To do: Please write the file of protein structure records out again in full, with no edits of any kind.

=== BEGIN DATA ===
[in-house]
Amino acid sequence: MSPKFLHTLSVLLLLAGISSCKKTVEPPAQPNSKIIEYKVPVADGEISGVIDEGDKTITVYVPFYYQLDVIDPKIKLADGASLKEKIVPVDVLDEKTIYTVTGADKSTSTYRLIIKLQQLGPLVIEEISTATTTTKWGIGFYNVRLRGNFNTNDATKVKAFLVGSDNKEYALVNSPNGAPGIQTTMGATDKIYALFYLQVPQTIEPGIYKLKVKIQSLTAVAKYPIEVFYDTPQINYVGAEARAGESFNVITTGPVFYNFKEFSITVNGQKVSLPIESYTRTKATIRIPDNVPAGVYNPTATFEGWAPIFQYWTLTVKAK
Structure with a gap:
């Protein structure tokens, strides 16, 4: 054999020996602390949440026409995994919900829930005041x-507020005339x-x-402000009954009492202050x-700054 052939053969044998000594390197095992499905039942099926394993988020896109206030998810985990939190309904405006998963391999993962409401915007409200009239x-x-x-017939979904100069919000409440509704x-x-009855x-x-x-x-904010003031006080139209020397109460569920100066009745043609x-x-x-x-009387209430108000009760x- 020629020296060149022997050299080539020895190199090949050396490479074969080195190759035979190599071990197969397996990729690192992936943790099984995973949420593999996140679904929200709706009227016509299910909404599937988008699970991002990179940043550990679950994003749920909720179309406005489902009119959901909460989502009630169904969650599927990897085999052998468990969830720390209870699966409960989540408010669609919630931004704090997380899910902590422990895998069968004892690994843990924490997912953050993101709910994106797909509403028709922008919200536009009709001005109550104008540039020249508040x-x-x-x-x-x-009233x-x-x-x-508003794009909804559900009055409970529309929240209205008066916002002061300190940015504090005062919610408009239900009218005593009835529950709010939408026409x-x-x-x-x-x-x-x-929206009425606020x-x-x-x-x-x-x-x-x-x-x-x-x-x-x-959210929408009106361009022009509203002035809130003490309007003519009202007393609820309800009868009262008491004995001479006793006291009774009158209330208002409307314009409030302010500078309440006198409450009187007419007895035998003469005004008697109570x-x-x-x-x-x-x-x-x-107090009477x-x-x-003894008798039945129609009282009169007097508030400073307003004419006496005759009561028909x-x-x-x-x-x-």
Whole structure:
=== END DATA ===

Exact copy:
[in-house]
Amino acid sequence: MSPKFLHTLSVLLLLAGISSCKKTVEPPAQPNSKIIEYKVPVADGEISGVIDEGDKTITVYVPFYYQLDVIDPKIKLADGASLKEKIVPVDVLDEKTIYTVTGADKSTSTYRLIIKLQQLGPLVIEEISTATTTTKWGIGFYNVRLRGNFNTNDATKVKAFLVGSDNKEYALVNSPNGAPGIQTTMGATDKIYALFYLQVPQTIEPGIYKLKVKIQSLTAVAKYPIEVFYDTPQINYVGAEARAGESFNVITTGPVFYNFKEFSITVNGQKVSLPIESYTRTKATIRIPDNVPAGVYNPTATFEGWAPIFQYWTLTVKAK
Structure with a gap:
């Protein structure tokens, strides 16, 4: 054999020996602390949440026409995994919900829930005041x-507020005339x-x-402000009954009492202050x-700054 052939053969044998000594390197095992499905039942099926394993988020896109206030998810985990939190309904405006998963391999993962409401915007409200009239x-x-x-017939979904100069919000409440509704x-x-009855x-x-x-x-904010003031006080139209020397109460569920100066009745043609x-x-x-x-009387209430108000009760x- 020629020296060149022997050299080539020895190199090949050396490479074969080195190759035979190599071990197969397996990729690192992936943790099984995973949420593999996140679904929200709706009227016509299910909404599937988008699970991002990179940043550990679950994003749920909720179309406005489902009119959901909460989502009630169904969650599927990897085999052998468990969830720390209870699966409960989540408010669609919630931004704090997380899910902590422990895998069968004892690994843990924490997912953050993101709910994106797909509403028709922008919200536009009709001005109550104008540039020249508040x-x-x-x-x-x-009233x-x-x-x-508003794009909804559900009055409970529309929240209205008066916002002061300190940015504090005062919610408009239900009218005593009835529950709010939408026409x-x-x-x-x-x-x-x-929206009425606020x-x-x-x-x-x-x-x-x-x-x-x-x-x-x-959210929408009106361009022009509203002035809130003490309007003519009202007393609820309800009868009262008491004995001479006793006291009774009158209330208002409307314009409030302010500078309440006198409450009187007419007895035998003469005004008697109570x-x-x-x-x-x-x-x-x-107090009477x-x-x-003894008798039945129609009282009169007097508030400073307003004419006496005759009561028909x-x-x-x-x-x-």
Whole structure: